Friday, July 27, 2012

Chicken in a pot

You have probably noticed that I don't write a lot about meat here. Sure, I use chicken stock like I use salt, but buying and cooking actual pieces of meat ventures into a totally unfamiliar territory. Part of this is philosophical: it was an ambiguous combination of the cruelty of the animal industry and the effects of eating meat on our health and the environment. The New York Times Ethicist column on eating meat presented some points on why it's ethical eat meat, but the winning argument, while incredibly compelling, was also rather unrealistic for many people financially and in terms of scale for our country.

In any case, some personal health reasons made it pretty much necessary for me to increase my meat intake. To be honest, I still don't like the idea of eating industrialized animal products but I definitely don't have the means to buy only humanely and sustainably-raised animals.

All that aside, it's actually been kind of fun to learn more about meat. I thought I would start by learning some really simple, staple recipes. Roast chicken seemed like a good idea until I remembered pretty much every dry, tasteless roast chicken I've had. So instead, I settled for a chicken in a pot recipe that would produce a more tender chicken.

You start by sauteing some vegetables and searing the chicken in a dutch oven:

Once it's browned on both sides, you throw it into the oven, and forget about it.

1 hour later.... voila!

Winner winner, chicken dinner:

This recipe produced possibly the tastiest chicken I've ever had. It's incredibly juicy and flavorful, with none of the dry texture that can happen, especially in the breast. Keep a careful eye on the temperature (the CDN instant read thermometer is a good, cheap one) to prevent overcooking, and I hope this dish changes your life just as it had changed mine.

Wednesday, July 18, 2012

On learning to cook

This post is inspired by Tamar Adler's piece on cooking with leftovers, which encourages people to step outside of the cookbook and make delicious meals out of leftovers. The Amateur Gourmet does a really good job documenting this process as well. It's not as sexy as the first meal you make from all those fresh and delicious farmers market ingredients, but is definitely important to keep in mind when you have all but one stalk of a bunch of celery left in the crisper or half a can of anchovies.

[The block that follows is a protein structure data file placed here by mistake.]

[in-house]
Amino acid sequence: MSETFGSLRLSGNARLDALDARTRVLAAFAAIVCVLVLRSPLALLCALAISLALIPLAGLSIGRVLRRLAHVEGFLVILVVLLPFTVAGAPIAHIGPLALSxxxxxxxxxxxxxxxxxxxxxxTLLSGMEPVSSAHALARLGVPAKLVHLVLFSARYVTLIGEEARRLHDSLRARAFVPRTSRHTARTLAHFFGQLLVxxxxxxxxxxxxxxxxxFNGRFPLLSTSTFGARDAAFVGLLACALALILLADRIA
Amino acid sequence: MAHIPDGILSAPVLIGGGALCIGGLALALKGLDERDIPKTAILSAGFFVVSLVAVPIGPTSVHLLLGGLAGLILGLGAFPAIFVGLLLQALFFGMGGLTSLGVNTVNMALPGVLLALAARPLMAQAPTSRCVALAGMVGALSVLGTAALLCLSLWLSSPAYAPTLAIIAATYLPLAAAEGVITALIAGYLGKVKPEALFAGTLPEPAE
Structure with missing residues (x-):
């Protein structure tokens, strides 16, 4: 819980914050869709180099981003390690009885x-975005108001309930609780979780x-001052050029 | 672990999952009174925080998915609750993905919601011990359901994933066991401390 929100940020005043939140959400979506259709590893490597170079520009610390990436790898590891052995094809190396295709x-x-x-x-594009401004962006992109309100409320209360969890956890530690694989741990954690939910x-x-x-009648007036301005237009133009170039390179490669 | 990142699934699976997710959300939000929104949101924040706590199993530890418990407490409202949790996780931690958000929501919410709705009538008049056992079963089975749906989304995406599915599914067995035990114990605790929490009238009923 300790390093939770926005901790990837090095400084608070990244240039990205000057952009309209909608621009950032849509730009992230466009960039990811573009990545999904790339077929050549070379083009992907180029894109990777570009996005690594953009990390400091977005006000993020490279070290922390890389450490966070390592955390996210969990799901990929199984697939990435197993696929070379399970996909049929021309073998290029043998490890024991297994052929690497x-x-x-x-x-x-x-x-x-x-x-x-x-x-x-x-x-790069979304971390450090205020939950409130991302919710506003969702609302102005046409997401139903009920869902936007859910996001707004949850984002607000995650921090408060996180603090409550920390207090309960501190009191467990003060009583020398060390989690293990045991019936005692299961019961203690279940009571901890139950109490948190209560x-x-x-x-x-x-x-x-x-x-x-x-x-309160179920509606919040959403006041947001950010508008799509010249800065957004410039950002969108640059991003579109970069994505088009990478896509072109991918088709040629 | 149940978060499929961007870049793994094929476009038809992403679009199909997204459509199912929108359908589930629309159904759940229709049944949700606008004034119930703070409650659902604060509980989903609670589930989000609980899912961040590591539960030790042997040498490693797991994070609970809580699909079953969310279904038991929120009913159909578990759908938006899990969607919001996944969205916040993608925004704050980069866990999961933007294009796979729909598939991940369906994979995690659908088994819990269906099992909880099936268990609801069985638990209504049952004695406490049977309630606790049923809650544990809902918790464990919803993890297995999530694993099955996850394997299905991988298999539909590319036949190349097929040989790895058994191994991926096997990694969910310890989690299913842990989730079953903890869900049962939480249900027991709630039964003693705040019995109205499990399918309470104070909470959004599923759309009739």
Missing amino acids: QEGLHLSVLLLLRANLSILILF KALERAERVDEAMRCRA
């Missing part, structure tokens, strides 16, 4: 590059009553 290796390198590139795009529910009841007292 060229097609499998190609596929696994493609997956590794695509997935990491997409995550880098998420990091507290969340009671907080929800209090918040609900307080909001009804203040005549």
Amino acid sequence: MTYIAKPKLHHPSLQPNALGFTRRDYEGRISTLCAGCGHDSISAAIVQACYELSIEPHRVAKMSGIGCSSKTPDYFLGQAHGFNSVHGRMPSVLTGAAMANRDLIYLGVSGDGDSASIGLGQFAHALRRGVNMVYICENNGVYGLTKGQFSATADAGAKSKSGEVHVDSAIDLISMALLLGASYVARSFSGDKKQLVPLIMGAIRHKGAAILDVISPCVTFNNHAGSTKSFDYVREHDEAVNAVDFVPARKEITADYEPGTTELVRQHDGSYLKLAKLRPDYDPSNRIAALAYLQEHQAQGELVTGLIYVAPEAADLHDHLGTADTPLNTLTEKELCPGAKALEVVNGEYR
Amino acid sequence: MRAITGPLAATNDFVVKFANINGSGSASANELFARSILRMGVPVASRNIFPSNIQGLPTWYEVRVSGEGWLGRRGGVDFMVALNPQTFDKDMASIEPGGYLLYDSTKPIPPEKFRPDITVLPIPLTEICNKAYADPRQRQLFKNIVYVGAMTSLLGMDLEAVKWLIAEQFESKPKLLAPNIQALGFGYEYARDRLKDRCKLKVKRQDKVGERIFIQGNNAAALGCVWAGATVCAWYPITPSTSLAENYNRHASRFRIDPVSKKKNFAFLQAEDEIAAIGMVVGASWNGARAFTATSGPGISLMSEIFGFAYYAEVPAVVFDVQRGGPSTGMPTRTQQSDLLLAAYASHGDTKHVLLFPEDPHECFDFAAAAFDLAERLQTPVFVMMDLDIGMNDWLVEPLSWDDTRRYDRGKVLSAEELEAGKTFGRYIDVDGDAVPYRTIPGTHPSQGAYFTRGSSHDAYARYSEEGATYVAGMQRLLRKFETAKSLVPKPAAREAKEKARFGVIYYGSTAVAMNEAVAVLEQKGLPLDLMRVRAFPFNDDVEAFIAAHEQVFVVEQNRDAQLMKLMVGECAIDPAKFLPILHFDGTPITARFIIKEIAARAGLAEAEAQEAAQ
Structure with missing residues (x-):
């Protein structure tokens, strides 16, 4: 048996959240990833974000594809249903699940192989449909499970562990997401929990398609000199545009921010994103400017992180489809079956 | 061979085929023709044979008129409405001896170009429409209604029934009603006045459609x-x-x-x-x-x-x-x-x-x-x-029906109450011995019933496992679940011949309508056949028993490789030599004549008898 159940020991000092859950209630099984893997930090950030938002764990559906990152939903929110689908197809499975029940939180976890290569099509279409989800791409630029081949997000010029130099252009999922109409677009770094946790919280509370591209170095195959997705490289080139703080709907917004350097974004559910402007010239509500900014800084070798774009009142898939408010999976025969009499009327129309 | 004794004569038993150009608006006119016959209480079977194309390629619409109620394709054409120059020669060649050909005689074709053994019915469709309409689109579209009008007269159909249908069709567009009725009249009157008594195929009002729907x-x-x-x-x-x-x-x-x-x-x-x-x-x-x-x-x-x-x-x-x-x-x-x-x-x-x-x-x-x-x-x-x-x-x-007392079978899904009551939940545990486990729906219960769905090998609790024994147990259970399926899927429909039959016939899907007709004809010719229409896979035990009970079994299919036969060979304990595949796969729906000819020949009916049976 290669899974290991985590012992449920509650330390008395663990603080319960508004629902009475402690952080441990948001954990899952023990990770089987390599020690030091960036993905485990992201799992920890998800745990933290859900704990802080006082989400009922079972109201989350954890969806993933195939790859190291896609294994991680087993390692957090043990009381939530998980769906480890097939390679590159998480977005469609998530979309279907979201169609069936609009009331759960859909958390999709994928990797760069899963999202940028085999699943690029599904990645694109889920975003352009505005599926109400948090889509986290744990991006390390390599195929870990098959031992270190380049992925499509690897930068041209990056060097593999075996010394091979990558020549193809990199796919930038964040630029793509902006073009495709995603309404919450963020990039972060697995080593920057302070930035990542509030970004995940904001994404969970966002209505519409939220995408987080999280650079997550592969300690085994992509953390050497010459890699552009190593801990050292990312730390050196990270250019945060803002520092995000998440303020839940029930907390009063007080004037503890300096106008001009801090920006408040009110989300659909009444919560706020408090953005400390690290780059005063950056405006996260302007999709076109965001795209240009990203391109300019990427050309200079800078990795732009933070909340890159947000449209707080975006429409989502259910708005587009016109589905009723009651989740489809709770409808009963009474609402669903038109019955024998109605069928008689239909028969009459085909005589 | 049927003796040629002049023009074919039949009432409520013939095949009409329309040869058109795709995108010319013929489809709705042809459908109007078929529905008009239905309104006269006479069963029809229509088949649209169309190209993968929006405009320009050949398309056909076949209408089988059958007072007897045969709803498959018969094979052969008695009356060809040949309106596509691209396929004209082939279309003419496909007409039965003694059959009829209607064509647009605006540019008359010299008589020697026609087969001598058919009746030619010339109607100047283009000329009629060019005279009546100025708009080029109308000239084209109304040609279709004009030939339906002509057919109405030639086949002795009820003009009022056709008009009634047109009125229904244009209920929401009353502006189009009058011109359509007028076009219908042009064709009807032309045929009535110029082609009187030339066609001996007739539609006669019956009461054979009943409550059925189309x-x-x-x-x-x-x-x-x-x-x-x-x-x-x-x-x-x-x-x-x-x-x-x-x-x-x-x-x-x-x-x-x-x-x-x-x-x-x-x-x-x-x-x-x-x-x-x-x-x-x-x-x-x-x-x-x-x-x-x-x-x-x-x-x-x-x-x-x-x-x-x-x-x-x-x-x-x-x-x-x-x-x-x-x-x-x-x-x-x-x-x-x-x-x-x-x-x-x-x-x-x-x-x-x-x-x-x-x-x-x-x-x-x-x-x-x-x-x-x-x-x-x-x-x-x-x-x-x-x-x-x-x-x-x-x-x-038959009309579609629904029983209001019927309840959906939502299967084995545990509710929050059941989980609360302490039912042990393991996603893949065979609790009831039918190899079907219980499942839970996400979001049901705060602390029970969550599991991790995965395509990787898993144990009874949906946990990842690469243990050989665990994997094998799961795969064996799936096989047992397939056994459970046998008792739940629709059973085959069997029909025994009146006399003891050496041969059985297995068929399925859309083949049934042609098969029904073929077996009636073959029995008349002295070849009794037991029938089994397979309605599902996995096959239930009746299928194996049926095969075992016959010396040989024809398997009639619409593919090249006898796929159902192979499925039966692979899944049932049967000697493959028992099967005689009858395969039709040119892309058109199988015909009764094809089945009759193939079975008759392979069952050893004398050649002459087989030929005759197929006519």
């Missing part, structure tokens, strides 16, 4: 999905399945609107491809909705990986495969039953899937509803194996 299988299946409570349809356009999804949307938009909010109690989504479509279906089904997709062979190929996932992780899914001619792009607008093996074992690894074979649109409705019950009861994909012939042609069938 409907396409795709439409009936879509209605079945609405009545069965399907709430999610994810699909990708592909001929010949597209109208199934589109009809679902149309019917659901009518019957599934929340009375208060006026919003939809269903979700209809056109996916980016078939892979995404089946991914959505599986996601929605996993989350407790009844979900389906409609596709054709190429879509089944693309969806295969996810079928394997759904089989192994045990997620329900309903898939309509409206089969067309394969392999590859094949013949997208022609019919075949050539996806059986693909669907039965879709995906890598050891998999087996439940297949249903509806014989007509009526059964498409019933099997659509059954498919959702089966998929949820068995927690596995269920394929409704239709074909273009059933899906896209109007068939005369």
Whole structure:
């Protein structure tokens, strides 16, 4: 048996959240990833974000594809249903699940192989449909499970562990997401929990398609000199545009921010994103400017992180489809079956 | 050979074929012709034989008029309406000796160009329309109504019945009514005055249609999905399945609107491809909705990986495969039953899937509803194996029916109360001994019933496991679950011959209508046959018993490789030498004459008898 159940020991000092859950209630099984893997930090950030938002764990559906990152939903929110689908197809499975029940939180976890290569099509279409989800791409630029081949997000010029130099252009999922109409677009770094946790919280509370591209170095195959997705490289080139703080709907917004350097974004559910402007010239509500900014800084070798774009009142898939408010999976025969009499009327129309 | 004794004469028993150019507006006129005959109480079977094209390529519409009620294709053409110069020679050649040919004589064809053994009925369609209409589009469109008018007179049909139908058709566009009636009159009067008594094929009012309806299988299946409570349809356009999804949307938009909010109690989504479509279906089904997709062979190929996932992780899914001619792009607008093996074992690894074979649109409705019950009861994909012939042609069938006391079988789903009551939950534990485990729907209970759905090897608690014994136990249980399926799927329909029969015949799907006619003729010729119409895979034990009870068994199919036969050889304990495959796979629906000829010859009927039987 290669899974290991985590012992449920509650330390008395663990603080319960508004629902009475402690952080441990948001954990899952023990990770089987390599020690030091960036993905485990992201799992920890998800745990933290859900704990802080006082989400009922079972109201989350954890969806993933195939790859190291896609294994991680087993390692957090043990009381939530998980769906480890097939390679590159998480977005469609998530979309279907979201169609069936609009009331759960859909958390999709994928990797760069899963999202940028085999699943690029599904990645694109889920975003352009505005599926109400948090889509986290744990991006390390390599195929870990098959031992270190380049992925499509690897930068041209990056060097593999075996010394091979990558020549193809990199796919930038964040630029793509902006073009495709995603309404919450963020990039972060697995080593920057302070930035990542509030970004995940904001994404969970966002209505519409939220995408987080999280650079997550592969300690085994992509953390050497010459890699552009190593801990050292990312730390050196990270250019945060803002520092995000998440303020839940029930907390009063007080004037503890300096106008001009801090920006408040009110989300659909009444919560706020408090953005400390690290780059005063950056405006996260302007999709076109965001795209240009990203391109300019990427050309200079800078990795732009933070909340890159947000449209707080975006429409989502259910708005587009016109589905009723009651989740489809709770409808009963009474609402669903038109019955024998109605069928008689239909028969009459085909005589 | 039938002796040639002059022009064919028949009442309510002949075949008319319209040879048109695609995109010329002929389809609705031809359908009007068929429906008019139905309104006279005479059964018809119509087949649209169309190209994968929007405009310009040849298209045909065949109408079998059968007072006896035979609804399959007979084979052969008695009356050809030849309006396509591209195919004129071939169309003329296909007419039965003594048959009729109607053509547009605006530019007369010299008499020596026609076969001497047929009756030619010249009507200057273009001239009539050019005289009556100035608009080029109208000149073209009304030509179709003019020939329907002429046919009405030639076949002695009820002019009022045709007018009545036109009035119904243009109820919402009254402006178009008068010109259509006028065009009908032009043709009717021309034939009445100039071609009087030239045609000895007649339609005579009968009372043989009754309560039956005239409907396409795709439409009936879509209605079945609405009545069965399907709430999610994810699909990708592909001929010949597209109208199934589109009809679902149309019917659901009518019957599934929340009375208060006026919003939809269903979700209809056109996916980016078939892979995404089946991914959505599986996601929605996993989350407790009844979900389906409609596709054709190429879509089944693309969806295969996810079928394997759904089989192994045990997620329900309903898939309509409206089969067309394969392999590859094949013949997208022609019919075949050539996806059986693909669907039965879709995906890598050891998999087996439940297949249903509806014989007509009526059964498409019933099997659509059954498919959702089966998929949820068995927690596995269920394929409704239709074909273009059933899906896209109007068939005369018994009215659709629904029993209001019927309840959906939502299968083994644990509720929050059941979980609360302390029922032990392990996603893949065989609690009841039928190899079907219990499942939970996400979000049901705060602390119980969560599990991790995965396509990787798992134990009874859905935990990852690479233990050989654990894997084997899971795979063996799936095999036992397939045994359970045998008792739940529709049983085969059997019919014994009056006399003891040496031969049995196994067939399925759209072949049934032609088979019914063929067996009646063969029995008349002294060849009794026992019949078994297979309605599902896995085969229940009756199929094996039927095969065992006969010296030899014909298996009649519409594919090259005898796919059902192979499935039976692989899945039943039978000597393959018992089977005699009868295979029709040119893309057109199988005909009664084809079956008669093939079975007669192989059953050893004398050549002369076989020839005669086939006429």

Being able to come up with a meal using what's available is something I aspire to and is part of my definition of what makes a cook. I'm starting to get there, which means I saute whatever vegetables I have in the fridge and call it a stir fry or jazz up old soups and curries by adding a fresh ingredient or two. But I often get stuck in a rut by using ingredients the same way every time and don't do much with leftovers aside from taking them for a spin in the microwave.

What Tamar Adler describes in her article is the important process of putting ingredients in categories. What do I mean by that? It's important to understand that certain ingredients play similar roles in making a dish and may be used interchangeably. For example, garlic, ginger, scallions, leeks, and onions are all potent aromatics. They provide the flavor base for a dish and are often used in small-ish quantities at the beginning of the cooking process. So if you have any of those things lying around, you might use them in the same way. Similarly, all green vegetables such as spinach, chard, and kale have similar flavor profiles and can often be interchanged in a recipe. This way, when you look at a ingredient (say spinach), it's not just in the context of that one dish (a salad), you can also make it like you made that really delicious chard soup, or kale chip, or beet green pasta! And it's  knowing what roles ingredients play helps build a dish without a recipe.

Experimentation with ingredients and new recipes are opportunities to reformat and expand these categories. When you use ginger instead of onions as the aromatic, you learn how it changes the flavor profile of the dish. And then there are exciting recipes that teach you new ways to use familiar ingredients. The aromatics I mentioned don't always have to be used in the same way. Instead, leeks can be braised, garlic can be pureed into a soup, and onions can be the main ingredient of a hearty meal!

So, as important as it is to learn how to handle new ingredients and master techniques from recipes, there's definitely room to go off-book in day to day cooking. I know I definitely tend to make a big deal out of everything I cook, so this article was a good way to remember that cooking can be much more free-form than those perfectly styled and manicured recipes suggest.